When I first heard about Jesus and John Wayne, I had it connected to books on Christian Nationalism, like Taking America Back for God, maybe because that is how Matthew Lee Anderson framed his review in Christianity Today. That isn't completely wrong, but I am not sure it really gets the main point of the book any more than framing it as an Anti-Trump book as t

Melody Schwarting
Jan 10, 2021 rated it really liked it
This is my 700th Goodreads review--serendipitous, since the 700 Club is given a few nods in this book.

Jesus and John Wayne, as you may guess from the title, is a book about American Christianity, masculinity, and fear. Du Mez is one author in a long line seeking to explain the Trump phenomenon. Of the many articles and few books I’ve read on the topic, I found her explanations to be the most logical, even though I have so much cognitive dissonance on the topic that no explanation could ever real
Feb 14, 2021 rated it it was amazing  ·  review of another edition
Alternative subtitle: How Jesus/ Christianity was abused to promote white patriarchal rule in America.

I absolutely don’t have words to neatly summarize all that I just read and learned. What I will say: Fascinating, infuriating, sobering, thought provoking.

I’m not sure how to move forward with this information, but it did bring the light of greater understanding to much that happened in America in the past five years. 4.5/5
Erika B.
Feb 02, 2021 rated it it was amazing
This was incredible. Heartbreaking, eye opening, and incredibly enlightening. Absolutely a must-read for exvangelicals or anyone else looking around wondering “how the hell did this happen??” This is a steady historical walk through the last 75 years that helped sort out how the white evangelical church merged their culture with militarization and nationalism into the behemoth it is today. It’s super sad and anger-inducing, but I feel much more educated about how we got here.
Anita Geevarghese
Jan 16, 2021 rated it it was amazing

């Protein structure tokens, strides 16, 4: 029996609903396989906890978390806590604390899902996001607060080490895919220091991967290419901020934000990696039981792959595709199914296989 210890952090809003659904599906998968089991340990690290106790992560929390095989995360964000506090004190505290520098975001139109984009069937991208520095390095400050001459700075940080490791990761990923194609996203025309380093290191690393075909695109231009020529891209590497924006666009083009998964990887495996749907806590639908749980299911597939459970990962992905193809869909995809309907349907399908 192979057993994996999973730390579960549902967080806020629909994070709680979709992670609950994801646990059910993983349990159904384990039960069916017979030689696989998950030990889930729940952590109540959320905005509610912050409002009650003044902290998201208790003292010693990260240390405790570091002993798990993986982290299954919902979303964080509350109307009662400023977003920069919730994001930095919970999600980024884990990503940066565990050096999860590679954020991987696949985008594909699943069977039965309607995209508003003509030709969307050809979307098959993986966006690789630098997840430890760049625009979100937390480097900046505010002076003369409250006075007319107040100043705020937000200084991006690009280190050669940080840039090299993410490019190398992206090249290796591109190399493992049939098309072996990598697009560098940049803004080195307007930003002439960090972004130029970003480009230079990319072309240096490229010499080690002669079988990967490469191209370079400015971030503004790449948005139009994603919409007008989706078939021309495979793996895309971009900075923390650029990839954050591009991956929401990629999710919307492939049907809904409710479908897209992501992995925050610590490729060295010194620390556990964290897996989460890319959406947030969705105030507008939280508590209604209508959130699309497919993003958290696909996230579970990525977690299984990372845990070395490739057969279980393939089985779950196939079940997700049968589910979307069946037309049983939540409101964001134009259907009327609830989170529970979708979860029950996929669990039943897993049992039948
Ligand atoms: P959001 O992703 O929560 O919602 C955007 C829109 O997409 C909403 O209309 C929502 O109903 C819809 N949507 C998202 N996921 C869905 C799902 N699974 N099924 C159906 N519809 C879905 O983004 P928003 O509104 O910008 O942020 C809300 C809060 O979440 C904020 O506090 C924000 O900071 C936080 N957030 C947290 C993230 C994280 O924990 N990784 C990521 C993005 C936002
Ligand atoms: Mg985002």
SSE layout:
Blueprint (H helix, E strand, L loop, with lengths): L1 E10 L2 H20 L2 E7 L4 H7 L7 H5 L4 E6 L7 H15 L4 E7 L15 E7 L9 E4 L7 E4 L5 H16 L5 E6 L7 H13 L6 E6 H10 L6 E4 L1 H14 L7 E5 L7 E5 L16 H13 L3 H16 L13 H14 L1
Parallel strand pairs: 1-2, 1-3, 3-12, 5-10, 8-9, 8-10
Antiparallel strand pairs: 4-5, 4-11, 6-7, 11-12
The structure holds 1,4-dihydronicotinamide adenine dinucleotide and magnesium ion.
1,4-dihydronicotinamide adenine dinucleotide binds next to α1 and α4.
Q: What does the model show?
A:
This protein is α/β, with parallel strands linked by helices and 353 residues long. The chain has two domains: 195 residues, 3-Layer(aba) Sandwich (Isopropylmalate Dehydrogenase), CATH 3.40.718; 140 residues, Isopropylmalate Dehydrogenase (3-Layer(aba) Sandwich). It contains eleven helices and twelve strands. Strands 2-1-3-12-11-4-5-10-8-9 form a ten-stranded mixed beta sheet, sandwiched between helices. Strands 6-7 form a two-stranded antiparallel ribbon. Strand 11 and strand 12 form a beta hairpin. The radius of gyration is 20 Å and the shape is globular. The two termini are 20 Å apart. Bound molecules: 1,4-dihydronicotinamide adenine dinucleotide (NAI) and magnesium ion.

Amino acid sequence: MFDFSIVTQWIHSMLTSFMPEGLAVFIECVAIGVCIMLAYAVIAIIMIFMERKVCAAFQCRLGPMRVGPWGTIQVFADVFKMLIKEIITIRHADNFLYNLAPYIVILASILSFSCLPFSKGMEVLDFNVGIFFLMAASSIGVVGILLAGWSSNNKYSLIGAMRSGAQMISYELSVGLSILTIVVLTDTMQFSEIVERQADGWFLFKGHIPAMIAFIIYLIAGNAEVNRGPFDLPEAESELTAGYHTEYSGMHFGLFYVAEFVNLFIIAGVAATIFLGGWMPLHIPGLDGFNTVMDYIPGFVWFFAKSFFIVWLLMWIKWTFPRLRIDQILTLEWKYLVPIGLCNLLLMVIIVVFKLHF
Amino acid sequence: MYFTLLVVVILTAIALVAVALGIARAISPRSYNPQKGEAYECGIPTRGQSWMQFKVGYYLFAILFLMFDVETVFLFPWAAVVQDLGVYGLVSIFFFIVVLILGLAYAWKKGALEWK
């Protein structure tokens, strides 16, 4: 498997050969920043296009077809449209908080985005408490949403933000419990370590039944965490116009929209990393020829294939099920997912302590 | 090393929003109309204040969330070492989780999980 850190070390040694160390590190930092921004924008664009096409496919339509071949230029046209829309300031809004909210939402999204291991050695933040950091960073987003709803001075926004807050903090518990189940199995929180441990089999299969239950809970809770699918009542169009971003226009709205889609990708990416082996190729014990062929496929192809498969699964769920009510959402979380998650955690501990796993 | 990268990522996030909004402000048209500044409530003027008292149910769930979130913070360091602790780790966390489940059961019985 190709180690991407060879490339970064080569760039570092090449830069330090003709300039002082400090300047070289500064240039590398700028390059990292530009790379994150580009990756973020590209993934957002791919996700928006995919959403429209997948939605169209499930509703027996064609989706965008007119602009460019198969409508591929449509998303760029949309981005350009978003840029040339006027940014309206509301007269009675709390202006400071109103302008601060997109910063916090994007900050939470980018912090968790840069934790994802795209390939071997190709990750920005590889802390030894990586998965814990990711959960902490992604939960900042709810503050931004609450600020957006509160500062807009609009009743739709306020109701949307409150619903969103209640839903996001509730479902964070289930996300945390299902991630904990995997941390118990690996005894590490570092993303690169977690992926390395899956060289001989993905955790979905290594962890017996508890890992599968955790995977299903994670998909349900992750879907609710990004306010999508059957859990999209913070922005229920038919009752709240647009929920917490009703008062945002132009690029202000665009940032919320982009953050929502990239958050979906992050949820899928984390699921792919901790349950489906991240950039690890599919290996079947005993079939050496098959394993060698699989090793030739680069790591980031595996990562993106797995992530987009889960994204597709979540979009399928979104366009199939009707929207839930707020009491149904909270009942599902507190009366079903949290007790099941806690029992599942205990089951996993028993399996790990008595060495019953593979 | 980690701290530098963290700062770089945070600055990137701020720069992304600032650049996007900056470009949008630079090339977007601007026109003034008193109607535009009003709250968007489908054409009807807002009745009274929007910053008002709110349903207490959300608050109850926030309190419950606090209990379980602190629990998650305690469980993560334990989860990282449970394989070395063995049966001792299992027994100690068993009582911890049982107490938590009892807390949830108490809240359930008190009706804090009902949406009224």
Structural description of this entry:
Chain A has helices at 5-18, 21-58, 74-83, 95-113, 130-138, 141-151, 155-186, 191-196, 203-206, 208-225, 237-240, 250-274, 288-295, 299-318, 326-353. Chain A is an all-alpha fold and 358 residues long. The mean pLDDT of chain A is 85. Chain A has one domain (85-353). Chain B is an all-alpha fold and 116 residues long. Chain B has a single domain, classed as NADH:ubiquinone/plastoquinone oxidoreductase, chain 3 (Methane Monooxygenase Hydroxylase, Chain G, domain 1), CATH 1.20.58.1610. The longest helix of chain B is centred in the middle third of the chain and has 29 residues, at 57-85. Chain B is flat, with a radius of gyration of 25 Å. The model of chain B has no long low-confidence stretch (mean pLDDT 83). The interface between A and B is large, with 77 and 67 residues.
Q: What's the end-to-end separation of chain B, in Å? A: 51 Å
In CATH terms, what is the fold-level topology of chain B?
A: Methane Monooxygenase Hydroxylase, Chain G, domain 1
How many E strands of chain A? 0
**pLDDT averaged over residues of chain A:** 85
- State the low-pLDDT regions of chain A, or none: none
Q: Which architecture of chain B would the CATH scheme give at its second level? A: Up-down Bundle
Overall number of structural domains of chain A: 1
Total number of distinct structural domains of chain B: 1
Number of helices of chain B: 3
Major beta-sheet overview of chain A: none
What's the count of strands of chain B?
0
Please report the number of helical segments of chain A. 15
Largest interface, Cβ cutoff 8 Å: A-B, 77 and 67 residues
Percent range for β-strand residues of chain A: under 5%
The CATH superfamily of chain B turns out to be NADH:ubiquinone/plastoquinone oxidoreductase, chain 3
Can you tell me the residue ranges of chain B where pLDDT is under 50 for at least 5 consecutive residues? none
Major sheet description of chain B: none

Very well-done. Extremely sobering read. The sins of white evangelicalism has affected global mainstream culture. Nothing surprising but when all the points connected, everything makes so much sense. Has left me with a lot to reflect and chew on. If you are or have been affiliated with evangelical church/culture in any form, I highly recommend reading it with a friend.
Jul 25, 2020 rated it it was amazing
Shelves: academic-history
We’ve been waiting for this book. It brings together so many elements of the mid-to-late twentieth century. It’s a book whose time as come. We finally have the distance to see the impact of the reaction to the women’s movement and masculine Christianity. I feel like this explains so much of my childhood—James Dobson, the Bill Gotthard and the Youth Institutes, Elizabeth Elliott, evangelical sex manuals from the 70s—-it all showed up in my life. Fortunately my sectarian upbringing meant we didn’t ...more
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Born and raised in Iowa with brief sojourns in Tallahassee, FL, and Ostfriesland, Germany. PhD from the University of Notre Dame, and now I reside in Grand Rapids, MI. I have 3 kids, 2 chickens, and a dog, and I write on gender, religion, and politics.

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“Christian nationalism—the belief that America is God’s chosen nation and must be defended as such—serves as a powerful predictor of intolerance toward immigrants, racial minorities, and non-Christians.” 5 likes
“Evangelicals hadn’t betrayed their values. Donald Trump was the culmination of their half-century-long pursuit of a militant Christian masculinity. He was the reincarnation of John Wayne, sitting tall in the saddle, a man who wasn’t afraid to resort to violence to bring order, who protected those deemed worthy of protection, who wouldn’t let political correctness get in the way of saying what had to be said or the norms of democratic society keep him from doing what needed to be done. Unencumbered by traditional Christian virtue, he was a warrior in the tradition (if not the actual physical form) of Mel Gibson’s William Wallace. He was a hero for God-and-country Christians in the line of Barry Goldwater, Ronald Reagan, and Oliver North, one suited for Duck Dynasty Americans and American Christians. He was the latest and greatest high priest of the evangelical cult of masculinity.” 3 likes